GraphDB tidies up not only to help people get rid of the mess but also to discover things. When all the pieces of information are stored in the train cars, they can be very easily found and assembled in many combinations. Guess what assembles them! A locomotive (adults call it a SPARQL query). Whenever someone needs some kind of information, they send a locomotive to connect the needed train cars (with the information pieces in them) and bring them the right information in seconds.
If GraphDB was a physical robot, and not a program on your computer and it had to clear a mess of toys in your room instead of a mess of information pieces, it would tidy it up in 3 steps:
After the robot declutters your room and organizes everything in these three steps you will be able to do a lot more with your toys. You will be able to ask the robot to find a toy with whatever words you might want to use. For example, you can ask for the toy you played with two days ago, or for the dinosaur you played with yesterday, that has green wings and blows fire.
And there’s even more. You will also be able to ask the robot to give you all the toys that don’t belong to you. If the robot has labeled a toy with a label: “Belongs to Tom”, the robot will automatically know whether a toy is yours or not (adults call this inference).
Let’s say your daddy is a journalist. He is writing an article about Tyrannosaurus Rex. Throughout his research, he has gathered tons of information about dinosaurs and in particular about Tyrannosaurus Rex. But the thing is, with so many facts and statements on his Kindle, and on his voice recorder, he has a really hard time finding the specific ones he needs for the article.
In this case, GraphDB will help him store and organize everything in one place and then help him quickly and easily find the most relevant information for his article – facts, images, sounds, similar articles, related topics.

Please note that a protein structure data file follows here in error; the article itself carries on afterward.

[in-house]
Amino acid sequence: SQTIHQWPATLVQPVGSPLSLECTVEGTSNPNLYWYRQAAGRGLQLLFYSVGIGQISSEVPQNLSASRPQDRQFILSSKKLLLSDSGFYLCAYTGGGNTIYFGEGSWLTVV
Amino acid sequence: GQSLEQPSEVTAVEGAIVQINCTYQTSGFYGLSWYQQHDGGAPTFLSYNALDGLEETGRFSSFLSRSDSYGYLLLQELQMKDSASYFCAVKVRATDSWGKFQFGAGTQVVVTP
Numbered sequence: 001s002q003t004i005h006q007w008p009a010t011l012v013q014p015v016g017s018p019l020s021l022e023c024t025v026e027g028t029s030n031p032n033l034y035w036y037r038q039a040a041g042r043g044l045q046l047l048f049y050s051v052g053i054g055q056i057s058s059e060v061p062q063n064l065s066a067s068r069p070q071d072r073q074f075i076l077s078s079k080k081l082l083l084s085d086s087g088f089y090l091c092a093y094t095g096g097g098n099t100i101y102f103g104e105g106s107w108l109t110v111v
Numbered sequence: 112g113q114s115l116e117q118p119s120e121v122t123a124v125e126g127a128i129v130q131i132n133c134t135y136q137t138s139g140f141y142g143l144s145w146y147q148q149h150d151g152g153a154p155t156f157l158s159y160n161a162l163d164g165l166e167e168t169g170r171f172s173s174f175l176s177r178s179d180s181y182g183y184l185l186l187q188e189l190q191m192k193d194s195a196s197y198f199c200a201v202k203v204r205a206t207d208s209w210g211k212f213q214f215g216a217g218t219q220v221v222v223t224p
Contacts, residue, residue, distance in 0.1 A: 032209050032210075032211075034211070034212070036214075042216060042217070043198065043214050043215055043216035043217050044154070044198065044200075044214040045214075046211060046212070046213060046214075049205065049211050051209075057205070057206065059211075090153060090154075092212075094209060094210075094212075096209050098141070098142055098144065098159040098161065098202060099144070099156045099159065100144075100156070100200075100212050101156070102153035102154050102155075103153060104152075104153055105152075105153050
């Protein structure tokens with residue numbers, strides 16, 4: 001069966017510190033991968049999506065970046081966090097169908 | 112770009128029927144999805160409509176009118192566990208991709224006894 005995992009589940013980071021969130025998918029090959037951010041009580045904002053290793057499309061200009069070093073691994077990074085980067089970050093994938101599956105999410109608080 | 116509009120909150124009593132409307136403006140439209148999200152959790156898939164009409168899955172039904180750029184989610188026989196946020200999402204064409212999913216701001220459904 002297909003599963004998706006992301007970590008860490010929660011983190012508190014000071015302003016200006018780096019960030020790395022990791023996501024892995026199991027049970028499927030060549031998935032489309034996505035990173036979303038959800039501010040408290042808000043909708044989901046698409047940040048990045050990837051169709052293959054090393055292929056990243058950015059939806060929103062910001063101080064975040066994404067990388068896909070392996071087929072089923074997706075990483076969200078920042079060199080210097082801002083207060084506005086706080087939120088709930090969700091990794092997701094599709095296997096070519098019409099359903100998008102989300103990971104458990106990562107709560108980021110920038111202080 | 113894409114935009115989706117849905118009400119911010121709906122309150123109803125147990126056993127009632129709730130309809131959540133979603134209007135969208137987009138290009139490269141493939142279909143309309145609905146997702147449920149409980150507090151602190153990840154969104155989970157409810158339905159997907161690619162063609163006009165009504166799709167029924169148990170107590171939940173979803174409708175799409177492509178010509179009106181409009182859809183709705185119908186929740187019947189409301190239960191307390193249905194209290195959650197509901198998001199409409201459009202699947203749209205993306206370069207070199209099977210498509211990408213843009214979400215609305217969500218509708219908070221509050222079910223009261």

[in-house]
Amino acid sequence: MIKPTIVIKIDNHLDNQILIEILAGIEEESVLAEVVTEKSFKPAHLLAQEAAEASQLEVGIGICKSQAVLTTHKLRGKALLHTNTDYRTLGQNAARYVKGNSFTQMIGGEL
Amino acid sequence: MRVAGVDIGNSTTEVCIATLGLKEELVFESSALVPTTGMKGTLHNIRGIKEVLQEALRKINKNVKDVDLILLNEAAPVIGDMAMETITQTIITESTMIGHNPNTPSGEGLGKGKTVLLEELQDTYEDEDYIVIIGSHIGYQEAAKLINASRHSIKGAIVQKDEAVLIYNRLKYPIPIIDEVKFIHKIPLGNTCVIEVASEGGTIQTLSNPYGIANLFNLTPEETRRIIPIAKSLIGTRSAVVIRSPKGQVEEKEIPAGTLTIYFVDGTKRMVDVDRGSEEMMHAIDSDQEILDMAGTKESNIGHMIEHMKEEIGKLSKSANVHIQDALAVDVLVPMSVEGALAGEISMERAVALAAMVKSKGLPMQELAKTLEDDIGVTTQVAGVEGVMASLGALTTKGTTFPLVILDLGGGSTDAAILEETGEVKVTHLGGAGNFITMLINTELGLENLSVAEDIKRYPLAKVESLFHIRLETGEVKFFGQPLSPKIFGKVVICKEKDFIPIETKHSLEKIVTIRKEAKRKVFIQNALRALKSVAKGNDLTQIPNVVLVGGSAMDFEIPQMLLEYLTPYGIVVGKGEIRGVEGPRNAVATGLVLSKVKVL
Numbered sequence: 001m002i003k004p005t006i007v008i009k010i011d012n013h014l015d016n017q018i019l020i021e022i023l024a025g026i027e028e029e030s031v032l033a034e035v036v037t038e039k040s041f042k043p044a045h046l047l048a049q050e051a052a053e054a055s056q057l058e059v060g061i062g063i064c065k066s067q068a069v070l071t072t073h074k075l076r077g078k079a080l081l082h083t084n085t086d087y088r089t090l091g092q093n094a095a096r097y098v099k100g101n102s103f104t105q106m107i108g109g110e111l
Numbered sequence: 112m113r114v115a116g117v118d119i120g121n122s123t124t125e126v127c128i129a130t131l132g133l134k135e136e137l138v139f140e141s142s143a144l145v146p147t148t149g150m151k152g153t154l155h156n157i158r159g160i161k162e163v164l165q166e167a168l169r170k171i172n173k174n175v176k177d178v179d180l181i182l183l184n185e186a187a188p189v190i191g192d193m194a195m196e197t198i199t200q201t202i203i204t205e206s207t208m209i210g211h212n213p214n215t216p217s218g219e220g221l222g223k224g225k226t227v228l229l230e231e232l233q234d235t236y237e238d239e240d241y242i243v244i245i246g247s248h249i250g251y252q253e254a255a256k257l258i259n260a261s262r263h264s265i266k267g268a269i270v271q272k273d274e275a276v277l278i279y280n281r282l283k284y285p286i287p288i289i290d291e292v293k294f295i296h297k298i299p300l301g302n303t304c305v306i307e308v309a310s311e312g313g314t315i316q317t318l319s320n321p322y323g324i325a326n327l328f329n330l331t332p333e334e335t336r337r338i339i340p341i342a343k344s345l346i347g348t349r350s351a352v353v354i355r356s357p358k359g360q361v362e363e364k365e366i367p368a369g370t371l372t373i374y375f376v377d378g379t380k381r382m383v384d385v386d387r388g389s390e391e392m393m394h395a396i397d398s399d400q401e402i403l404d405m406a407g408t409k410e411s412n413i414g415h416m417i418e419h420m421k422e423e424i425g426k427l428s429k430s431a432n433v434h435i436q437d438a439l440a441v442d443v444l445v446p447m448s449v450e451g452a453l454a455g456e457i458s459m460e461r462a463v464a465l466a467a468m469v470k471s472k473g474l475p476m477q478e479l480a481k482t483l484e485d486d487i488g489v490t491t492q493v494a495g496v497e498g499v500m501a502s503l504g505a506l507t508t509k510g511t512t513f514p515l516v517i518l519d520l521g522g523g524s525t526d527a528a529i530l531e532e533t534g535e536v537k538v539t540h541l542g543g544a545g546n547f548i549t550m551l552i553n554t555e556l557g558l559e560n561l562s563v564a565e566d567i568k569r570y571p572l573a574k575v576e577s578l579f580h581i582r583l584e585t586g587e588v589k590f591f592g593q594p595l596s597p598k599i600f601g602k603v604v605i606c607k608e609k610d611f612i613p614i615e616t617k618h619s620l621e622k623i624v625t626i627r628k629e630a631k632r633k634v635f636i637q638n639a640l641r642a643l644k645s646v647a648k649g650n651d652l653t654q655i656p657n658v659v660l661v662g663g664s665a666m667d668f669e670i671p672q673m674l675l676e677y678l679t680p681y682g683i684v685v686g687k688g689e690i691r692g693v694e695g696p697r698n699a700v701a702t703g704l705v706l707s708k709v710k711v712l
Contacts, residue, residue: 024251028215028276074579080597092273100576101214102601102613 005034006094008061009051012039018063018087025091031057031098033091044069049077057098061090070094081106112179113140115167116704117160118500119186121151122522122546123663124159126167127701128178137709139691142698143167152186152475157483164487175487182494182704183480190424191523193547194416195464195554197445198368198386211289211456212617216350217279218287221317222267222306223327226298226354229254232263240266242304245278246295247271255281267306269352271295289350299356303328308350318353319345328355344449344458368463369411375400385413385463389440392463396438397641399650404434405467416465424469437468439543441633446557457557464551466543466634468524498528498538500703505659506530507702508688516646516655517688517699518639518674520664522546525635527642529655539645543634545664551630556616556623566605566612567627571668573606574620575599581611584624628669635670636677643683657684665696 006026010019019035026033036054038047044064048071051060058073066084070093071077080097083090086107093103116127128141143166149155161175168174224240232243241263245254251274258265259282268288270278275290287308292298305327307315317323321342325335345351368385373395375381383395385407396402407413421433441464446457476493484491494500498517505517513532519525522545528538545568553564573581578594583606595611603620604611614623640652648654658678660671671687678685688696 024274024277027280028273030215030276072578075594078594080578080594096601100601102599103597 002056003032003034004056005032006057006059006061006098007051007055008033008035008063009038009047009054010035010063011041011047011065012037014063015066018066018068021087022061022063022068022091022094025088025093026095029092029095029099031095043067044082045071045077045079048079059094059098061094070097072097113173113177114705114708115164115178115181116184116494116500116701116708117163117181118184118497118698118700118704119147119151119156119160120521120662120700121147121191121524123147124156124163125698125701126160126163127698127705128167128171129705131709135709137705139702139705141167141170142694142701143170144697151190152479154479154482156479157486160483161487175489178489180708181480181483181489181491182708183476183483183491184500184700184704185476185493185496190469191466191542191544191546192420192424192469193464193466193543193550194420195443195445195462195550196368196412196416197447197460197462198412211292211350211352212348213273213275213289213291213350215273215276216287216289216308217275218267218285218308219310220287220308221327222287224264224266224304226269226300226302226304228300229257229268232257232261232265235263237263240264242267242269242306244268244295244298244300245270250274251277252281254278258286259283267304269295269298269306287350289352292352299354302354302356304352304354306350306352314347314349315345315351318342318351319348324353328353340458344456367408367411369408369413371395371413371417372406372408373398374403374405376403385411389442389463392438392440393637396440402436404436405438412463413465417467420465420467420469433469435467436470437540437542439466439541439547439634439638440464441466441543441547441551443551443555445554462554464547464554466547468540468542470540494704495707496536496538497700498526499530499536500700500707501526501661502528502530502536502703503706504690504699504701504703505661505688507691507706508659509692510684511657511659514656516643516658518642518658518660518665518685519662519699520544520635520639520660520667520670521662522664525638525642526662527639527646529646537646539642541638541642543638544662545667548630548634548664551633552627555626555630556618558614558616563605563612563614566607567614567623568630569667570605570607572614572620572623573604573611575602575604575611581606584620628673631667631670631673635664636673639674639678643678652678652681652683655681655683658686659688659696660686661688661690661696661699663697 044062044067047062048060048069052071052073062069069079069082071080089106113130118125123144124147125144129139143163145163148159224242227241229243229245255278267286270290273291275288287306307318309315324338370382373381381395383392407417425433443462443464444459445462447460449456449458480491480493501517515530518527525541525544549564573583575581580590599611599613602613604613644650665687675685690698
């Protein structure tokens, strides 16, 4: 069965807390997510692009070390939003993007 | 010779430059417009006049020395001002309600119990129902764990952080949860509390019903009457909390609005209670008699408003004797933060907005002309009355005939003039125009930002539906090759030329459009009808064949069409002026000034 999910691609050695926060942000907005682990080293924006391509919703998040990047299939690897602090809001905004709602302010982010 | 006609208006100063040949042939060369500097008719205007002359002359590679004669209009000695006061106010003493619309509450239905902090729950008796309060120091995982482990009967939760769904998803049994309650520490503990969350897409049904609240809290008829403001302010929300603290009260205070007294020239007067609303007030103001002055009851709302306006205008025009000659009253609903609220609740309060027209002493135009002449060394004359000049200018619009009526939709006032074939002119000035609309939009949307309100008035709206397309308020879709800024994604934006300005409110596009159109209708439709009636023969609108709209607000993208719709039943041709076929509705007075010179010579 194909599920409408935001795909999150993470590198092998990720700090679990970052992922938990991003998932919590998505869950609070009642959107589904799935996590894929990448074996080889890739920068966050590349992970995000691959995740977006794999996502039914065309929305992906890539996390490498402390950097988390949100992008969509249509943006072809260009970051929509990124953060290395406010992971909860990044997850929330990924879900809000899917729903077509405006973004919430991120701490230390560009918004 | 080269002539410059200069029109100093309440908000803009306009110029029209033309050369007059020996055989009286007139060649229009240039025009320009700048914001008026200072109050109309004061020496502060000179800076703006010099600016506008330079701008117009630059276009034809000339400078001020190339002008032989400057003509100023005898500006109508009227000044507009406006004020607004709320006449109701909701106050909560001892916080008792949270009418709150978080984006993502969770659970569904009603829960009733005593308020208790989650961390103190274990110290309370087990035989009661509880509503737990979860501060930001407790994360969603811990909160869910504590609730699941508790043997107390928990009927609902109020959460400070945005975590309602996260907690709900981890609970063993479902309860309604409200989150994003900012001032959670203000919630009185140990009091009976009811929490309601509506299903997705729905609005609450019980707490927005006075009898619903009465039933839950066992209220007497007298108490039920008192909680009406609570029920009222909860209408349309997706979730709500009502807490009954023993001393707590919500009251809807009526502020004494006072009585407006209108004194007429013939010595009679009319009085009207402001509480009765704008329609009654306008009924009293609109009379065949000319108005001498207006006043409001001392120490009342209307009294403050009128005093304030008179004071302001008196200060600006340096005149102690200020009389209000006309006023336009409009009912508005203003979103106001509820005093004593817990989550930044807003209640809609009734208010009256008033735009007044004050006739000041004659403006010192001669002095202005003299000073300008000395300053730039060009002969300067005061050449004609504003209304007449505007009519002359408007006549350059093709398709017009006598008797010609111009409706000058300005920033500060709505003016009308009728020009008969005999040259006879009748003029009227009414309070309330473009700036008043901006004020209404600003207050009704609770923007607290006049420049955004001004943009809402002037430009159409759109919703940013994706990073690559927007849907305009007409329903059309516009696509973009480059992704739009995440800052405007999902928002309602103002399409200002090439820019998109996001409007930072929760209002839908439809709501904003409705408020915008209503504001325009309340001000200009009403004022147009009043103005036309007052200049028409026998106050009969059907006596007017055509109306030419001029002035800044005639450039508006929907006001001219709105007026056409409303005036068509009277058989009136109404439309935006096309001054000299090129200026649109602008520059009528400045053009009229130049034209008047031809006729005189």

Thus your GraphDB will give your daddy access to any type of information from anywhere – from his computer and from the Web. Daddy will be able to explore, connect and find new facts and statements about Tyrannosaurus Rex.To recap, when all the information pieces are labelled and stored in their places, they become ready to travel across the Web and across computers and connect with other pieces of information (adults call these train cars, labeled and… Click To Tweet
When one uses GraphDB, they can quickly and easily find things and also do a bunch of other cool stuff such as:
By and large, this is what GraphDB does and can be used for. For more detailed explanation, suitable for grown-up kids, check Ontotext’s Fundamentals on the subject: What is RDF Triplestore?
If you know someone who would love to have their mess of data cleaned and neatly stored and managed, tell them they can download GraphDB Free and see what a semantic graph database can do for their data.
And don’t worry, you can’t break GraphDB. Just don’t feed it biscuits or milk or jelly. Only data. Any data.
Want to learn more about RDF triplestores like Ontotext’s GraphDB?
White Paper: The Truth About Triplestores